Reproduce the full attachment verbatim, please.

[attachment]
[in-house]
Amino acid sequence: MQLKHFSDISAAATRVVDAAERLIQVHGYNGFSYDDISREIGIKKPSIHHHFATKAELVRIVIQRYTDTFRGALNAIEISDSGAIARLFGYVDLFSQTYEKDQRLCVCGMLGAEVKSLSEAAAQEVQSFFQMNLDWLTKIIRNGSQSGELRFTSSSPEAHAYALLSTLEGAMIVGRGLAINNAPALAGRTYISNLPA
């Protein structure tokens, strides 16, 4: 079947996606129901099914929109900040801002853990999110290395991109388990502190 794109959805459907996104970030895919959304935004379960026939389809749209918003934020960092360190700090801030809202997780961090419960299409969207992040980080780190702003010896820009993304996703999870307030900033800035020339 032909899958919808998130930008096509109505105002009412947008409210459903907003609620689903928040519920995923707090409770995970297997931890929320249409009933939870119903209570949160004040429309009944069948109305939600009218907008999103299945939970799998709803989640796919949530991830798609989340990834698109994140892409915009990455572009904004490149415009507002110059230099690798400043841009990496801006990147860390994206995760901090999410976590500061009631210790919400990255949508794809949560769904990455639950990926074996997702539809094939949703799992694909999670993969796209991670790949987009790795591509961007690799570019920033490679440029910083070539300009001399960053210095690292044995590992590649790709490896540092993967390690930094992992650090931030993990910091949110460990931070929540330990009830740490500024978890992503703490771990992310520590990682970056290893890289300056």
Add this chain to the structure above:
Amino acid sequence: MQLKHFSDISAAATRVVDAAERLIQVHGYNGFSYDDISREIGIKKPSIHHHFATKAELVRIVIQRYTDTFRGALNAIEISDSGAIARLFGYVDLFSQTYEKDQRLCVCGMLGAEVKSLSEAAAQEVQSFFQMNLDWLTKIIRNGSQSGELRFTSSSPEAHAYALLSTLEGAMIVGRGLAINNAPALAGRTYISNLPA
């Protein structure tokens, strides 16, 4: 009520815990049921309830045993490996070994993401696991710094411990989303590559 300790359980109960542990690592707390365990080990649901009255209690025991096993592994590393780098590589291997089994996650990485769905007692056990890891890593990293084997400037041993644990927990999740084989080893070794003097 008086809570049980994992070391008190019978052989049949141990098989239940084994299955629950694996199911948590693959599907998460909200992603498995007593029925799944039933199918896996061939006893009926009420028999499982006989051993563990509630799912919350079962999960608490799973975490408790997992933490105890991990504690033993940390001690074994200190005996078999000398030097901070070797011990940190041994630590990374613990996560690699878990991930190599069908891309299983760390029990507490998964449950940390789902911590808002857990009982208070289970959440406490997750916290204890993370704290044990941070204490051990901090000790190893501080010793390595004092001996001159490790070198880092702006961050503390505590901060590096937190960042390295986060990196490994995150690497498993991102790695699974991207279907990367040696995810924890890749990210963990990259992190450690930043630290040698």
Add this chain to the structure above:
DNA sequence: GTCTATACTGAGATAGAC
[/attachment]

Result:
[in-house]
Amino acid sequence: MQLKHFSDISAAATRVVDAAERLIQVHGYNGFSYDDISREIGIKKPSIHHHFATKAELVRIVIQRYTDTFRGALNAIEISDSGAIARLFGYVDLFSQTYEKDQRLCVCGMLGAEVKSLSEAAAQEVQSFFQMNLDWLTKIIRNGSQSGELRFTSSSPEAHAYALLSTLEGAMIVGRGLAINNAPALAGRTYISNLPA
């Protein structure tokens, strides 16, 4: 079947996606129901099914929109900040801002853990999110290395991109388990502190 794109959805459907996104970030895919959304935004379960026939389809749209918003934020960092360190700090801030809202997780961090419960299409969207992040980080780190702003010896820009993304996703999870307030900033800035020339 032909899958919808998130930008096509109505105002009412947008409210459903907003609620689903928040519920995923707090409770995970297997931890929320249409009933939870119903209570949160004040429309009944069948109305939600009218907008999103299945939970799998709803989640796919949530991830798609989340990834698109994140892409915009990455572009904004490149415009507002110059230099690798400043841009990496801006990147860390994206995760901090999410976590500061009631210790919400990255949508794809949560769904990455639950990926074996997702539809094939949703799992694909999670993969796209991670790949987009790795591509961007690799570019920033490679440029910083070539300009001399960053210095690292044995590992590649790709490896540092993967390690930094992992650090931030993990910091949110460990931070929540330990009830740490500024978890992503703490771990992310520590990682970056290893890289300056």
Add this chain to the structure above:
Amino acid sequence: MQLKHFSDISAAATRVVDAAERLIQVHGYNGFSYDDISREIGIKKPSIHHHFATKAELVRIVIQRYTDTFRGALNAIEISDSGAIARLFGYVDLFSQTYEKDQRLCVCGMLGAEVKSLSEAAAQEVQSFFQMNLDWLTKIIRNGSQSGELRFTSSSPEAHAYALLSTLEGAMIVGRGLAINNAPALAGRTYISNLPA
């Protein structure tokens, strides 16, 4: 009520815990049921309830045993490996070994993401696991710094411990989303590559 300790359980109960542990690592707390365990080990649901009255209690025991096993592994590393780098590589291997089994996650990485769905007692056990890891890593990293084997400037041993644990927990999740084989080893070794003097 008086809570049980994992070391008190019978052989049949141990098989239940084994299955629950694996199911948590693959599907998460909200992603498995007593029925799944039933199918896996061939006893009926009420028999499982006989051993563990509630799912919350079962999960608490799973975490408790997992933490105890991990504690033993940390001690074994200190005996078999000398030097901070070797011990940190041994630590990374613990996560690699878990991930190599069908891309299983760390029990507490998964449950940390789902911590808002857990009982208070289970959440406490997750916290204890993370704290044990941070204490051990901090000790190893501080010793390595004092001996001159490790070198880092702006961050503390505590901060590096937190960042390295986060990196490994995150690497498993991102790695699974991207279907990367040696995810924890890749990210963990990259992190450690930043630290040698």
Add this chain to the structure above:
DNA sequence: GTCTATACTGAGATAGAC